We have come such a long way you and me.
It has been a long 2 years. What a long two years it has been!
When I first got you ; you looked sad. Of course I was sad too. I guess
A sad soul can recgonize a sad soul. You were standing in a corner stall
All alone and muddy. You were just a year old ... but you looked like you've lived enough. Your owner saved you from a kill pen in Navada. She picked you because she saw your potential. At the time I didn't see it. I couldn't even pet you, you reared and ran away from me. I kept trying, and finally you let me touch you. I was new to horses ; and you were new to humans. I needed a well trained older horse .... everyone agreed. BUT I rememered you. You were like me in so many ways. You were scared, un trusting and terrifed. Maybe you even wished you were dead. The only difference between is is that you were a horse and I was a drug addict.
There were many other horses Kidd, but my father bought you for me at 600$. I was way in over my head. It tooks hours for me to try and get a halter on you. Most of the time i'd got furusterated and quit. You did the same, you were having NO part of it. Untill one day... You just stood there and let me put a halter on you. No problems! I cried in joy and instead of going home and looking for cocaine ; I went home with a big smile on my face and talked horses with my dad all day because I was so exicted.
You took up so much of my time that I couldn't party so much anymore. I saw you everyday, without fail. Our bound grew strong. You followed me around everywhere, it made me so happy. I finally found a friend. You whinnied when you saw me ... i'd always run up to you and give you a hug. "Horse hug Kidd", whithout fail he'd wrap his neck around me.
But it wasn't easy for both of us. You had your moments and sometimes i'd slip up and do drugs or drink again. But nothing is easy, right boy?
I didn't have enough experience to break you, so we hired the local stable hand to train you. He rode you the first day. He galloped you the second week. You never bucked, reared. He said you were the best horse he'd ever broke, and I believe him. I rode you for the first time before last summer. I was sooo terrifed. You were good to me. I, being a new rider, made so many mistakes but you continued to forgive me. Thank you Kidd, no one else ever did.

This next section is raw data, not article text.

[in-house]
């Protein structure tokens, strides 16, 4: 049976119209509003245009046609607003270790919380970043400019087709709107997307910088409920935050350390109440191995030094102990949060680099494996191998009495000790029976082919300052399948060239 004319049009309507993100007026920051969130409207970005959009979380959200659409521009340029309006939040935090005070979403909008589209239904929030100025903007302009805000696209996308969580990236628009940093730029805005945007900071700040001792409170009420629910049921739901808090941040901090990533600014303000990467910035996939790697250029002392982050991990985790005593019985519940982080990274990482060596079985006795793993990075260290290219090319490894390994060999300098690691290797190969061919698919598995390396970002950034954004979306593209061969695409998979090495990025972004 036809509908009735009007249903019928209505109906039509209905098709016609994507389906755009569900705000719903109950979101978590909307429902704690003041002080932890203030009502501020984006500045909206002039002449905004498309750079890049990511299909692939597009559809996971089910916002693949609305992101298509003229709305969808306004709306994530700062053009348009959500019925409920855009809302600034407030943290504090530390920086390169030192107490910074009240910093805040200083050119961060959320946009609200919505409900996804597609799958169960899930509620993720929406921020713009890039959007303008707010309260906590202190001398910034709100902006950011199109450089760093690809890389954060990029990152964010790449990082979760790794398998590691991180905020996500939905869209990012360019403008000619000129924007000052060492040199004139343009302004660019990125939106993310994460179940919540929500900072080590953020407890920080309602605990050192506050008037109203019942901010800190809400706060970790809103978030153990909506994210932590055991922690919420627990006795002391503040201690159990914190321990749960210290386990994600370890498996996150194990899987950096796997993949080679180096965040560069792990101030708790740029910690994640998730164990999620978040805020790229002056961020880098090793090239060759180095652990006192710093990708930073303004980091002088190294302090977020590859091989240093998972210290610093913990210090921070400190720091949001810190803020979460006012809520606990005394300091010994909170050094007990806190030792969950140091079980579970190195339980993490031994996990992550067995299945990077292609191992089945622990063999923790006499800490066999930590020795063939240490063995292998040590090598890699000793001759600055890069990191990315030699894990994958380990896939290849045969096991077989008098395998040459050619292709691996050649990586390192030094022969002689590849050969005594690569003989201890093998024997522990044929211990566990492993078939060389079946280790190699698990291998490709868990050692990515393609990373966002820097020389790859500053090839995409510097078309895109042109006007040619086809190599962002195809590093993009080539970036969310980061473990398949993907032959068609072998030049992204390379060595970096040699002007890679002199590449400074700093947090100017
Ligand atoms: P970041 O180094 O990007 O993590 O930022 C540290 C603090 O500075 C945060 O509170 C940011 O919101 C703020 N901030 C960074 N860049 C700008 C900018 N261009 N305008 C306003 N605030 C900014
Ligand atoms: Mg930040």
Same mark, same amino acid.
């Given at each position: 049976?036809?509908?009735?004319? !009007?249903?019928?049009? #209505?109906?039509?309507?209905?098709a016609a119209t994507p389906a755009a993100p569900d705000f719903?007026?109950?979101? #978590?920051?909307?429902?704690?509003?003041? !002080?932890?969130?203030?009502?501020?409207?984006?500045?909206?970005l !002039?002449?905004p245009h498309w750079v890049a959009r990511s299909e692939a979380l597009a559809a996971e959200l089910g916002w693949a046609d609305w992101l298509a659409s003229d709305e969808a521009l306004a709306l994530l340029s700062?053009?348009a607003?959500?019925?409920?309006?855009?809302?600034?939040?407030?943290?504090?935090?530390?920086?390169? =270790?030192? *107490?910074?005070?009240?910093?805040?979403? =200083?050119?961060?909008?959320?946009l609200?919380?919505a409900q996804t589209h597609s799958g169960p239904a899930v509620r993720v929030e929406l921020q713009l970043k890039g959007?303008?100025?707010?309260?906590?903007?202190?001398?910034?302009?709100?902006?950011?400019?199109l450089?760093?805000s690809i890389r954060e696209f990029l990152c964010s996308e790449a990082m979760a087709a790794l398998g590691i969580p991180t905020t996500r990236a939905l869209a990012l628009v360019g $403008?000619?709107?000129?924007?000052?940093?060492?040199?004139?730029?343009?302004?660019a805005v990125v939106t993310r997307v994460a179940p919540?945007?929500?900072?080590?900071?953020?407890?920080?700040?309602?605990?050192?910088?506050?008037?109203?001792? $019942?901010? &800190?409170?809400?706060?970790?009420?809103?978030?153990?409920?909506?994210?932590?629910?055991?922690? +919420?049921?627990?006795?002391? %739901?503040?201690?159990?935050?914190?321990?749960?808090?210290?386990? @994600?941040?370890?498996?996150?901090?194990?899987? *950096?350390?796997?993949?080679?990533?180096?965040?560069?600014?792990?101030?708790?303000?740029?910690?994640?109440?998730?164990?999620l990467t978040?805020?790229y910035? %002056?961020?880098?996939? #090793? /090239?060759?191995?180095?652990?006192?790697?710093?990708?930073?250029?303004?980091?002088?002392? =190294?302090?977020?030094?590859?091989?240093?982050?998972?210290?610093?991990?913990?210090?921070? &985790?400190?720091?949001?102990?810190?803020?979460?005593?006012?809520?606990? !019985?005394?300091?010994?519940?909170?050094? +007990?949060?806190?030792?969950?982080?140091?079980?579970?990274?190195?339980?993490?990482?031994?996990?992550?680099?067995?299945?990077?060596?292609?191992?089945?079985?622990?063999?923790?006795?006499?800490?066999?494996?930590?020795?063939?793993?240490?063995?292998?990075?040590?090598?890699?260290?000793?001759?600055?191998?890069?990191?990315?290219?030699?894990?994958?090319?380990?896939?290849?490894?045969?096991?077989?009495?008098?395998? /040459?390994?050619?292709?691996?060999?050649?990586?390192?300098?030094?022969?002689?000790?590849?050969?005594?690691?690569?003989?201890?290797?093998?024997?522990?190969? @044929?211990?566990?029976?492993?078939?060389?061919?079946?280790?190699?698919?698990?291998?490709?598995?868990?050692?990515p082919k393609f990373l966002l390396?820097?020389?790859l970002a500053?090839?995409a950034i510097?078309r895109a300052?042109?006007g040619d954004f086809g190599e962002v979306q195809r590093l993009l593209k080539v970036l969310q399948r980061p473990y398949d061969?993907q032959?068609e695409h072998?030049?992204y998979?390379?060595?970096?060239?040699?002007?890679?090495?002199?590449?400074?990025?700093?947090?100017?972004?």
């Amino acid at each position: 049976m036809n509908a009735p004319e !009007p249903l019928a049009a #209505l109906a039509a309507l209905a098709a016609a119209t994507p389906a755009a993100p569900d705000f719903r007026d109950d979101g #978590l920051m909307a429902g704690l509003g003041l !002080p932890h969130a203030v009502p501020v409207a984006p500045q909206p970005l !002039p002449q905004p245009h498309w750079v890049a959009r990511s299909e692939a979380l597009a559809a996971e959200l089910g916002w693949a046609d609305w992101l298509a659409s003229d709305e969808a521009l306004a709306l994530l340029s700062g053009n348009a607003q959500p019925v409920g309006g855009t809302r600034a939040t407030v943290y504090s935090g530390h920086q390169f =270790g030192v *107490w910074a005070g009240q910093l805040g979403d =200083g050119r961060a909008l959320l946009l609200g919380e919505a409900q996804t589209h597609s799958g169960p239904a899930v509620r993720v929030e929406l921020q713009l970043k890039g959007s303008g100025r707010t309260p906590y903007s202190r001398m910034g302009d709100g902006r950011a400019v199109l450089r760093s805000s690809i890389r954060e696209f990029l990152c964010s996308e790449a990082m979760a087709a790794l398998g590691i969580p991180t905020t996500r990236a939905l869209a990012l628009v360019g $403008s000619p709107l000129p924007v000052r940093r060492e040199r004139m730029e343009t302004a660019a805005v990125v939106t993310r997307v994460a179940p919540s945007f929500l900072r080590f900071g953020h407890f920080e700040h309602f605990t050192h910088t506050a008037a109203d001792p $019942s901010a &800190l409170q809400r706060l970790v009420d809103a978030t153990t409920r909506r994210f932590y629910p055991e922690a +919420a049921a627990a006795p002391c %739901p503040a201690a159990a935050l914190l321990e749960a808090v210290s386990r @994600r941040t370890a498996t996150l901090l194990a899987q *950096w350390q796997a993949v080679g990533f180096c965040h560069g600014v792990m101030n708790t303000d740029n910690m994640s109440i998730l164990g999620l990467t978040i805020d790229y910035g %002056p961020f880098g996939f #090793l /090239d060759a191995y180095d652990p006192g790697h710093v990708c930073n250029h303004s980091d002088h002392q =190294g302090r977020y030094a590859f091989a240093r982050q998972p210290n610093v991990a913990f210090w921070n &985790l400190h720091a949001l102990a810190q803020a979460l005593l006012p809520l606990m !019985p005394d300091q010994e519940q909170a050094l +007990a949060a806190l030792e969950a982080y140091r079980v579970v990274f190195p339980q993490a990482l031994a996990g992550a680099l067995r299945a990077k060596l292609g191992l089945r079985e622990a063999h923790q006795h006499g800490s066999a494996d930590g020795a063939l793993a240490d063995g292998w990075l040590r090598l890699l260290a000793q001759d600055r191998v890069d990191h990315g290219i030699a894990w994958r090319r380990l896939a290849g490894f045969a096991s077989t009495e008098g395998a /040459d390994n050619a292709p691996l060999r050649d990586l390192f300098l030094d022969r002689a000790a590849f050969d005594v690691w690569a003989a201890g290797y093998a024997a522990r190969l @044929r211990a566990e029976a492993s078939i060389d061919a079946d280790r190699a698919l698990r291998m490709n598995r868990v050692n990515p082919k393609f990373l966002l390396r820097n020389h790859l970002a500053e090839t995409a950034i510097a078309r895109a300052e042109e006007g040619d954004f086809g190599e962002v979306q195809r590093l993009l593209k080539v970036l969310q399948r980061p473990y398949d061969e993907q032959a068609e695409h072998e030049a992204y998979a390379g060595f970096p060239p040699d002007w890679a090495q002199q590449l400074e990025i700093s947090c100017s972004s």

You the the horse everyone said could never be ridden... now i'm riding you on roads in a semi busy country town. I'm loping you around the arena. Still no buck. Still no rear. You give me 100% all the time and I know sometimes I don't deserve it.
I'm the drug addict that everyone said couldn't quit... I was giving sexual favors for drugs and now i'm riding you Kidd! You ARE my drug, and you taught me trust... not every guy is bad... not every guy is going to hurt me the way /he/ did that dark night.
You are my best friend and I can not tell you how much your presence in my life has made a difference. However, there are a few things regarding our realtionship I must say.
First of all, I am already well aware you can run faster then me, you do not need to deminstrate this by bolting in the opposite direction when I come into your paddock, also, I think you should atleast pretend to be happy to see e, even if I'm carrying a halter instead of a bucket of oats.
Also, I think it should be very clear to you that I am a human, not a scrathing post, and rubbing yourself against me tends to send my faceplanting into the ground, also, I don't apreciate getting stomped on, adding more injury.
Seeing as you have hooves and not hands, I can't expect you to cover your nose when you sneeze, but would it really be so hard as to not sniff up dirt before sneezing all over me? Plenty of ridingn shirts have been shamefully sneezed on, and never seen the light of daylight again. When I worm you, it is for your own good, and I don't expect to be rewarded by having half of it spat back at me.
And, dear Marlea, I do not intend to abandon you to the empty pature for eternity, I promise you I will return. I promise that no predators will eat you, and I will come back in due time to return you to your loyal equine friends. It is not necessary to run in circles, whinny pathetically, threaten to jump the fence, or paw at the gate. Neither your mates nor I will have left, we are still here.
With all this in mind, I do love you dearly, to others, you are an animal, to me, you are a big, hairy, four legged daughter, and you know what they say about coming between a mother and her daughter?
I remember you as a gangly, awkward baby who was afraid of her own shadow. I remember when no one could touch your ears and I recall how many times you attempted to jump out of your own skin because someone dared stroke your neck. I remember the first time I laid eyes on you, 10 years ago. You had big ears, an overgrown head and I swear to goodness, you resembled a poorly conformed mule. But you were beautiful to me and I loved you completely. We were a team, you and I… the inseparable duo.